Why Are McDonald’s Ice Cream Machines Always Down?

McDonald's golden arches
  Reading time 6 minutes

Why Are McDonald's Ice Cream Machines Always Down?

Why does it seem that McDonald’s ice cream machines are almost always broken? It seems that about half the time I go for a McFlurry or shake, the damn machine is broken. I mean, it doesn’t seem that Wendy’s frosty machine or Chick-fil-a‘s shake machine are always broken, so why is it that McDonald’s machines are?

First, let’s look at the numbers, Are these ice cream machines really broken that often? The answer is, to take a look for yourself. Someone set up the McBroken website which tracks McDonald’s broken ice cream machines. Sure enough, machines in New York City for example have 22.45% of the machines in the state that are currently broken at the time I drafted this post. Chicago is only slightly better. In Fredericksburg (a 10-mile radius from my house), where I live, 5 machines are currently down, 8 are reporting as up and one is not reporting at all. Those are not great numbers at all.

So why do they always seem to be down? The answer seems to come down to money, and not the cost to repair them, nope, I mean they are offline because they make McDonald’s money when they are broken. Wait, what, how can that be, they are not making ice cream, so how do they make money?

If you look at it in terms of making money, which is why companies are in business, then it starts to make sense. Since the machines are broken several times a week, and Taylor, the company that makes and services the ice cream machines, makes a quarter of its revenue from maintenance, then it really starts to make sense.

Money Money Money

Let’s say that a machine is $10,000 to purchase and each McDonald’s purchases two of these machines, and Taylor is the only machine that McDonald’s can use, then Taylor is making just $20k per restaurant (two machines per restaurant), but this is only a one time purchase. So how can Taylor make more money? Simple, that is via maintenance on these two machines per restaurant. There are 13,512 restaurants in the US in 2023 (at the time I drafted this post), so that is $135 million, which is a sweet little treat. But that is a one-time fee, let’s say that maintenance is $10K per contract year with Taylor per restaurant, so that now becomes $135 million annually, which is an extra sweet treat. Now if Taylor and McDonald’s split some of this money, it makes sense as to why these machines are down all the time.

Alright, let’s stop and rewind for a second. I want to know, why is this such a big deal? Let’s look at it this way, let’s say that once a day the average ice cream machine at McDonald’s is broken. Let’s say that it is broken for 1 hour each day (it is more like 4 hours). Now to see how big of a deal this is, let’s say that we aren’t talking about McDonald’s ice cream machines, let’s say it is the McDonald’s french fry deep fryer that is down once a day for an hour, during lunchtime, or maybe the Coke machine or the burger grill. That sounds silly, but it is just the ice cream machine, and it sounds less important. Could you imagine having a carload of screaming kids all wanting a freaking McDonald’s Happy Meal and the fry machine is down?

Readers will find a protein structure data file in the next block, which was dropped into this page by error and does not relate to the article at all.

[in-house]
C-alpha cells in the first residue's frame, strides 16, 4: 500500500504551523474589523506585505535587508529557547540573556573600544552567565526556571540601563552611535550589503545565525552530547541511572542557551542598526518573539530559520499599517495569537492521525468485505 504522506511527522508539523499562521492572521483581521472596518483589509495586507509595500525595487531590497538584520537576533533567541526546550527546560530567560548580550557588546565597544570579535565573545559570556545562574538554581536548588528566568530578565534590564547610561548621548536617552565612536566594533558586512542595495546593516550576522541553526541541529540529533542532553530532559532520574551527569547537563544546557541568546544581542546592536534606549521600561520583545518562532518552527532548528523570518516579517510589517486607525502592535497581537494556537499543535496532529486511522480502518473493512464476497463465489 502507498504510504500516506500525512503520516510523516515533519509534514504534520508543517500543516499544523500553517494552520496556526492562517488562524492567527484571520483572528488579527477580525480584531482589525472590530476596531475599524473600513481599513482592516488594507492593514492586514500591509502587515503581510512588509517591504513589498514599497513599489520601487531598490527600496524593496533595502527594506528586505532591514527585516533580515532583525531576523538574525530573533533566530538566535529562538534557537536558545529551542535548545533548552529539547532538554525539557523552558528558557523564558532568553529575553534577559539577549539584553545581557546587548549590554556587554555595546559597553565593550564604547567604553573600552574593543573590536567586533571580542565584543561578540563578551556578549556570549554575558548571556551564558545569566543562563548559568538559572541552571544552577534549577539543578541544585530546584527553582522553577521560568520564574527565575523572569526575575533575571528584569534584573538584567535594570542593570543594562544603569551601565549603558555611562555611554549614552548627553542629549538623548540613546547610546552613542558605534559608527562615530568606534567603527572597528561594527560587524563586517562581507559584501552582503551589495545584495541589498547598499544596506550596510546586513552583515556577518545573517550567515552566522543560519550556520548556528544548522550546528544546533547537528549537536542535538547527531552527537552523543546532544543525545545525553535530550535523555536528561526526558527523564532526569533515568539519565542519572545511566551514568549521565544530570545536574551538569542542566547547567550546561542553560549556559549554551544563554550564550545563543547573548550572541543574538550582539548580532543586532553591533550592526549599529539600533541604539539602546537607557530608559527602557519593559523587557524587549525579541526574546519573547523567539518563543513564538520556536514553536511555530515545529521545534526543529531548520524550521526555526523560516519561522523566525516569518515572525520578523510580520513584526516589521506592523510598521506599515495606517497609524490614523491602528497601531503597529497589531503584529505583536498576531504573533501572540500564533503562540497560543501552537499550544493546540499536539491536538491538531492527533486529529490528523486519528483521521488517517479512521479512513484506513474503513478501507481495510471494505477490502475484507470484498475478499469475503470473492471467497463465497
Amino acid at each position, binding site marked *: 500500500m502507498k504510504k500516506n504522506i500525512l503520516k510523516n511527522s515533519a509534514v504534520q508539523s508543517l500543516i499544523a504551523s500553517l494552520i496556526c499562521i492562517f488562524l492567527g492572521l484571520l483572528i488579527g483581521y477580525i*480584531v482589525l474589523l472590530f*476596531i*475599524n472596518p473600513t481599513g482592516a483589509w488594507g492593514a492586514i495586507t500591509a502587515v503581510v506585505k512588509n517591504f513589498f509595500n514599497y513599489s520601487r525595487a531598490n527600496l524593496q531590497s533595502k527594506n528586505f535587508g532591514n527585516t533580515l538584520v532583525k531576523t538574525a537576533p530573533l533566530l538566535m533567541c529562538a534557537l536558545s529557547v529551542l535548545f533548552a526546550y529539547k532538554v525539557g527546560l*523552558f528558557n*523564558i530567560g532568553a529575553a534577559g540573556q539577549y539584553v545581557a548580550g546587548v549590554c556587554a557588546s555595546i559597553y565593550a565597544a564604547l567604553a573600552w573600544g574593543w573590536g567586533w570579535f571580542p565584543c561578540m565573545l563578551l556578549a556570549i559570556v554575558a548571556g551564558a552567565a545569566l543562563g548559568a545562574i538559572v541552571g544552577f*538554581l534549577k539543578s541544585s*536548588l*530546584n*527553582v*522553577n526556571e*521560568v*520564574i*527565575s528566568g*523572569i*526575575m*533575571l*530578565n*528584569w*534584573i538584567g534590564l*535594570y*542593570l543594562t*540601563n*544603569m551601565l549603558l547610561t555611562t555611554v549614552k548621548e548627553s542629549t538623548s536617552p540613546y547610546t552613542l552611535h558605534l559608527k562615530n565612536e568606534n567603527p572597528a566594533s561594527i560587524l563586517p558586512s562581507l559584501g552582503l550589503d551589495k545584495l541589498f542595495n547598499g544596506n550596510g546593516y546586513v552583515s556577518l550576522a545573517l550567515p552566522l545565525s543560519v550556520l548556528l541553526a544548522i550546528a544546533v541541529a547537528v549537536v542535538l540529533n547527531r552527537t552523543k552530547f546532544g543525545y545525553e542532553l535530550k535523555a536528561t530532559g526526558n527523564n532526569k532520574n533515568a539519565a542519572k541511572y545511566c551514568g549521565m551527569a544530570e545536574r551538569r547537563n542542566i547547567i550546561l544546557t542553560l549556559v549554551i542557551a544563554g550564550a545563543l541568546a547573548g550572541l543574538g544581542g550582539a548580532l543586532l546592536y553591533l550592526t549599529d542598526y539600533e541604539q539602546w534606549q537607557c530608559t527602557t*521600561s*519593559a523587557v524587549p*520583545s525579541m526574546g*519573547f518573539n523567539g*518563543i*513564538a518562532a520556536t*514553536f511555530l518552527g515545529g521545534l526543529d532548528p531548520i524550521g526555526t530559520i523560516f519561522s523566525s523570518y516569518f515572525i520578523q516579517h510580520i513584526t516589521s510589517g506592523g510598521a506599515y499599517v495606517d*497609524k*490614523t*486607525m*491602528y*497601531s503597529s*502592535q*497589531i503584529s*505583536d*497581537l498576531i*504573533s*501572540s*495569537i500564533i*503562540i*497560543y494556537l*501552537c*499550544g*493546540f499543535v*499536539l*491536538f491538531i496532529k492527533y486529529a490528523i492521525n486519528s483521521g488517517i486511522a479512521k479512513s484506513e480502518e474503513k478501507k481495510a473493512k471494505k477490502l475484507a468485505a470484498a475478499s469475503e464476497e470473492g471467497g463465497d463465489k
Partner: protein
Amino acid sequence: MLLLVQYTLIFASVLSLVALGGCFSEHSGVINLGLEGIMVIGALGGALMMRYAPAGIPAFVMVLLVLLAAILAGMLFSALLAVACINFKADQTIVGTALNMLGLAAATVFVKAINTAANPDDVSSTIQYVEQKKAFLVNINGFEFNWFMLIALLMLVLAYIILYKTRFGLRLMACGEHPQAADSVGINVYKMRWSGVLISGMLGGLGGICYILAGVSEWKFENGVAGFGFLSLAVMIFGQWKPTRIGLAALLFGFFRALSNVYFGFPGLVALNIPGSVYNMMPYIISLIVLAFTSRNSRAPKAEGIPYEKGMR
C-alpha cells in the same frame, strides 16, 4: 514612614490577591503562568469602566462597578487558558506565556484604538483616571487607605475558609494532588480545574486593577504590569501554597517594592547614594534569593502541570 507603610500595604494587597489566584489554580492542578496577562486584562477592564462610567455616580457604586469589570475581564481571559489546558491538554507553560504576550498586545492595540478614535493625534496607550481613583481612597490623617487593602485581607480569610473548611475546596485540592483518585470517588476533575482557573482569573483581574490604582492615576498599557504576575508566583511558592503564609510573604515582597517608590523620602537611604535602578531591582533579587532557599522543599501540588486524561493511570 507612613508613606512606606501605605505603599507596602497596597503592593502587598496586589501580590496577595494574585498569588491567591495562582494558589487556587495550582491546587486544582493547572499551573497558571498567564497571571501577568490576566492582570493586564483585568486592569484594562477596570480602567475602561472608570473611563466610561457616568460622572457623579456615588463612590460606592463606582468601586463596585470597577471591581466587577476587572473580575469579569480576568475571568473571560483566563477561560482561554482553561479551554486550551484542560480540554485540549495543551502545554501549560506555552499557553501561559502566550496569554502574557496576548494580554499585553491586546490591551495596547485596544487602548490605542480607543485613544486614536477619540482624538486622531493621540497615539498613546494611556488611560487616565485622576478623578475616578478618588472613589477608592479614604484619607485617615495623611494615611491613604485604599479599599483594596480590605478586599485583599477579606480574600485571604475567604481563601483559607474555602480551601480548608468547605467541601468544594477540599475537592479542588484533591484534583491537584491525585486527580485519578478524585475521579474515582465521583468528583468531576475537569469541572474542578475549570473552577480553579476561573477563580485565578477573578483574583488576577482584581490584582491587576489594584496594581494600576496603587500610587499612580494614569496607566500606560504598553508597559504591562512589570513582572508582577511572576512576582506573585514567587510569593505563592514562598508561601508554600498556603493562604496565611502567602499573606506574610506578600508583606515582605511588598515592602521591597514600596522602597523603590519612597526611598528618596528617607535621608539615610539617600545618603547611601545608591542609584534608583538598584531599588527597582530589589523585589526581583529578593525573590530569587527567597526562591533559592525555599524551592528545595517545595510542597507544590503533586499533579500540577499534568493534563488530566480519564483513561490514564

In 1956, Taylor Freezer Corporation entered into a contract with Ray Kroc of McDonald’s to be the exclusive milkshake machine vendor. And when you purchase a Taylor ice cream machine, the only people that can service it are licensed Taylor repair engineers, then you have a nice little money machine.

McDonald's ice cream

In 2017, McDonald’s announced that franchisees can now purchase either from Taylor or from Carpigiani. Carpigiani ice cream machines are reported to be more expensive to purchase but are not plagued with the problems that the Taylor machines have. This brings up the question of, what is the problem with the Taylor machines.

It appears that the Taylor machines are programmed to clean themselves (4-hour cleaning cycle), it has a preprogrammed mode called “Heat mode” which is when the machine, just decides it needs to be cleaned and it automatically enters this mode. This mode heats up everything in the machine to kill off bacteria. The problem appears to be that once this mode is completed, the machine doesn’t always want to go back to work and that is when you need to call the Taylor repair person.

But is so much more, check out this video by Food Theory and Right To Repair.

Last year, I started to do some research online about this very topic, and that is when I stumbled upon this video.

The REAL Reason McDonald's Ice Cream Machines Are Always Broken

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